Seven months ago, I became a new mom and everything they say about the experience is true – it has been the best, but also one of the hardest times of my life. Perhaps hardest is navigating all the information that is out there to make the right decision for your baby. I’ve thought a lot about this now that I am back to work and sitting in brainstorms. As someone who has worked with major brands who have marketed to new moms, I feel like I can finally put on both my mom and my marketer hats at the same time.
Let’s look at a recent conversation between me and my husband to shed light on this topic:
Me: “I think he prefers this formula; it does not upset his stomach.”
My Husband: “It’s not milk based. I don’t want him to get too used to it. What if he ends up lactose intolerant?”
Me: “Jenny told me it has milk protein in it, so it should be fine. I think we should stick with this one.”
My Husband: “Ok, but let’s not rule out the other.”
Multiply this times 50 for every baby product out there and you have a good sense of what my husband and I talk about these days.
What can we glean from this conversation?
Sometimes less is more
So often around the marketing table, we become obsessed with coming up with a big idea that taps into our audience’s emotional state. And while there is a time and place for this, sometimes, less is more. As a busy working new mom, I just want a little ammunition to help me “win” the latest discussion with my husband. If I could quickly share what milk protein is and what pediatricians say about it, I might get that victory. Simple and short messages with credibility and meat behind them go a really long way. Edit the fluff.
Decisions (or lack of decisions for that matter) are being made in tandem
Whether it’s a mom and dad talking about what formula to use, two dads testing out different diaper ointments or a mom polling her friends on Facebook, the reality is there is no longer one decision maker when it comes to choosing a product for your child. Families are changing and we are in an age of input. Knowing that many parents are taking a “partner” or “team” approach means campaigns and messaging will need to adjust, perhaps becoming more neutral so it speaks to mom and dad at the same time or taps into that moment when they are deciding together.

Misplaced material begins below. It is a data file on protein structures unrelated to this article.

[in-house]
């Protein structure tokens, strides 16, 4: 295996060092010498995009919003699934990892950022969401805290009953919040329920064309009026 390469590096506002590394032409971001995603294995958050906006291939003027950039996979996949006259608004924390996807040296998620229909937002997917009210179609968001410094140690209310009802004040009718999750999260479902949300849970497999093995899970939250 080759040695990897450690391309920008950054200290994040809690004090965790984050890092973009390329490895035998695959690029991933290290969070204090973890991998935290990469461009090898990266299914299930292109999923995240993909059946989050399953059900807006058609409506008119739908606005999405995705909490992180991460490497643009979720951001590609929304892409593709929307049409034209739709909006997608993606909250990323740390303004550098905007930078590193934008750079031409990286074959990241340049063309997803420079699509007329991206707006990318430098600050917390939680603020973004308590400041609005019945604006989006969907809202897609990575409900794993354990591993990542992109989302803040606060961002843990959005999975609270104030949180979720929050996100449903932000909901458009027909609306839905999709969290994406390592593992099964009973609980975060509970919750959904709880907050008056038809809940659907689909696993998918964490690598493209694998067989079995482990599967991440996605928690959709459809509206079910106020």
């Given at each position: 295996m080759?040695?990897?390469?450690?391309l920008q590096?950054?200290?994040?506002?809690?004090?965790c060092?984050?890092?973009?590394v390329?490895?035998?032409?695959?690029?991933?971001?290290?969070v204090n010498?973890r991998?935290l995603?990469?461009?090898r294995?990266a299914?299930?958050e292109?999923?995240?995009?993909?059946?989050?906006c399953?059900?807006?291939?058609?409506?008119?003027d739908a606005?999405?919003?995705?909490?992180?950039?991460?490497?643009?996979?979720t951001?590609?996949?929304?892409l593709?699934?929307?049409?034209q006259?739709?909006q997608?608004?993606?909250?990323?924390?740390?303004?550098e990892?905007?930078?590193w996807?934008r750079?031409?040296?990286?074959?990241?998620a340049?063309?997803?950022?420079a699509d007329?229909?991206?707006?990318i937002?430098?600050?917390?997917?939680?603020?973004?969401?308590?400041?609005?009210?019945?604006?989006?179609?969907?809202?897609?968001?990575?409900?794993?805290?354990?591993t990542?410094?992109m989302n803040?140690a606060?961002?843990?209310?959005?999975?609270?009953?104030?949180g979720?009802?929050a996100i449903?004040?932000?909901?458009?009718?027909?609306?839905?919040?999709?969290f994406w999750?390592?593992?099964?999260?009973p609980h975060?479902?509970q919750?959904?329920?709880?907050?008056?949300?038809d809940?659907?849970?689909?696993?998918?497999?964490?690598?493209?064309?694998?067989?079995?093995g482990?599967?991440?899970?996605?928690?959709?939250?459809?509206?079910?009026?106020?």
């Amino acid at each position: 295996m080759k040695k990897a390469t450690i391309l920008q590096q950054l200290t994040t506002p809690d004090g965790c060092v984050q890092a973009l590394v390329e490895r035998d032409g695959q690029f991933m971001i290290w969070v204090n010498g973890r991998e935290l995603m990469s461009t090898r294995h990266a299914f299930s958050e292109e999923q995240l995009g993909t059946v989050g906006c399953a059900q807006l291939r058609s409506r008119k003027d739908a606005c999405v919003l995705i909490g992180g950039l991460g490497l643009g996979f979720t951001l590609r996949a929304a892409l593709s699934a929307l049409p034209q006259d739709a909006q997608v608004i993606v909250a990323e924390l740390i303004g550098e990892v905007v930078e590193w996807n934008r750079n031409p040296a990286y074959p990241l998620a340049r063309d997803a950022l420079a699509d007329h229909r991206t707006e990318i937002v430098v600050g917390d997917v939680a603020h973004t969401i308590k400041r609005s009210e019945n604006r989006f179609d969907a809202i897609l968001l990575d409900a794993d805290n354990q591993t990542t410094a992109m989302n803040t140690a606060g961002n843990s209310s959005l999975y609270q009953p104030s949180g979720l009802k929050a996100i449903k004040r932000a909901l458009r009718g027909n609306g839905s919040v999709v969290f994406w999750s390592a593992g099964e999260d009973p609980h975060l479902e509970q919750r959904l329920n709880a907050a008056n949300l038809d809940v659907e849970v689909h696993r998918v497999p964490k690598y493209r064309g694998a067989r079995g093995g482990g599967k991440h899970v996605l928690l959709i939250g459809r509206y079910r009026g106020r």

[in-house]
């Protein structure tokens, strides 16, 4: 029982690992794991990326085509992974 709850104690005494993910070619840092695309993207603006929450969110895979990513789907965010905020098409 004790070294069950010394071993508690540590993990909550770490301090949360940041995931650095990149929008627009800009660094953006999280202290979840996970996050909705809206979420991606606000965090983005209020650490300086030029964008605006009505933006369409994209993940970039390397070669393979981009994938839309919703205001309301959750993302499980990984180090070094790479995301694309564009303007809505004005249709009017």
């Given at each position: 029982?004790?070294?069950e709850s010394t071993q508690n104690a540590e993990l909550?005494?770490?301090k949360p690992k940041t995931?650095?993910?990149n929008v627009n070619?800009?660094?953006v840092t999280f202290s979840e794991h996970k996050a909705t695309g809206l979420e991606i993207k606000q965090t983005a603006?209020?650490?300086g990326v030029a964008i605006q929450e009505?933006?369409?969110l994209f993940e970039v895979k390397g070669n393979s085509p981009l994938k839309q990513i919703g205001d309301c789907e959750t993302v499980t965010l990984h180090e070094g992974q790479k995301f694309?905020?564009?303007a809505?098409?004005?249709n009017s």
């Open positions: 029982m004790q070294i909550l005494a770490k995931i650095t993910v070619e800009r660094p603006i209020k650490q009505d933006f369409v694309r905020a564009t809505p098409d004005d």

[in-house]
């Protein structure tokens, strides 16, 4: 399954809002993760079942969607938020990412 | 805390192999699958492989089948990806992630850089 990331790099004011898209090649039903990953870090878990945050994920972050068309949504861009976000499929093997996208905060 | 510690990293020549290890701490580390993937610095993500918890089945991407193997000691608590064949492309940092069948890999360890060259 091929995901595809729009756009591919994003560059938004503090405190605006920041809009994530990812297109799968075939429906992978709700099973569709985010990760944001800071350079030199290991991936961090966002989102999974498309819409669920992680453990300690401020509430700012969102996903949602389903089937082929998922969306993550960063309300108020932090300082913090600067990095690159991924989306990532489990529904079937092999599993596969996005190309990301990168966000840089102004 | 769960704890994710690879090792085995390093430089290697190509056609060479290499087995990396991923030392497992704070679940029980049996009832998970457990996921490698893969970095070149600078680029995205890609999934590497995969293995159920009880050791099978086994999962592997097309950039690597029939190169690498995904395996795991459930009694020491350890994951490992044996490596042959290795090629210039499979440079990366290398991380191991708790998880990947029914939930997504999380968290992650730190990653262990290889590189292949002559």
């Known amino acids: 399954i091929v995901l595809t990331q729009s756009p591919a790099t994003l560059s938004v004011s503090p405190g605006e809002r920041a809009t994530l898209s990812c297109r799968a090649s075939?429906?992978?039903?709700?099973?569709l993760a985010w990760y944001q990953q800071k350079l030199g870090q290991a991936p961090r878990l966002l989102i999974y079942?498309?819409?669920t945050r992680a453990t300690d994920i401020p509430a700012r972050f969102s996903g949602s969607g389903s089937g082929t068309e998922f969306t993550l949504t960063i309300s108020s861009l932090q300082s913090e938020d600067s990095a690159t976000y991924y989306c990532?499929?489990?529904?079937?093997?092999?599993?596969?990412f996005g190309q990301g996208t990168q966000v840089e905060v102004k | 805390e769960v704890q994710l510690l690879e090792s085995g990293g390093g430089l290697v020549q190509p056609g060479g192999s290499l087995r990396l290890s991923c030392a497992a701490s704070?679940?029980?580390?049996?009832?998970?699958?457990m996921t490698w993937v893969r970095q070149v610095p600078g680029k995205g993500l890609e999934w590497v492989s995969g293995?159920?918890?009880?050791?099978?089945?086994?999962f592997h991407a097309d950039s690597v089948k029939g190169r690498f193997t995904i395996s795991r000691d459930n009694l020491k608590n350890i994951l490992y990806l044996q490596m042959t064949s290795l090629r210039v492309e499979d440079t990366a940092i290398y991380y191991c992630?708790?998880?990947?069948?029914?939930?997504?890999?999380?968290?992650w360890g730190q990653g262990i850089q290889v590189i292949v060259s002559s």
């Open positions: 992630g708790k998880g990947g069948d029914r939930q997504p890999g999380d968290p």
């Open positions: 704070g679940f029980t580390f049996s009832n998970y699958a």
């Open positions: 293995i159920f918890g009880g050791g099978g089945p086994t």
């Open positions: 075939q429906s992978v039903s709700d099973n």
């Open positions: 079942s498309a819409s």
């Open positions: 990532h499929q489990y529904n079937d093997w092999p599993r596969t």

Word-of-mouth is really, really powerful
These days my biggest influencers are my friends who have recently become new moms or dads who are a couple of months ahead of me in the baby discovery process. Marketers need to understand that before new moms or dads come to your website, they are talking to their friends and their colleagues who have been there and done that. And social media is responding to this trend – just look at platforms like Scary Mommy where moms are given the chance to share their tips in real-time. Seeding messaging in these platforms and with social media influencers remains critically important.
So, the next time you get ready to plan a campaign for new parents hopefully these tips come in handy. I’m looking forward to continuing to share along the way.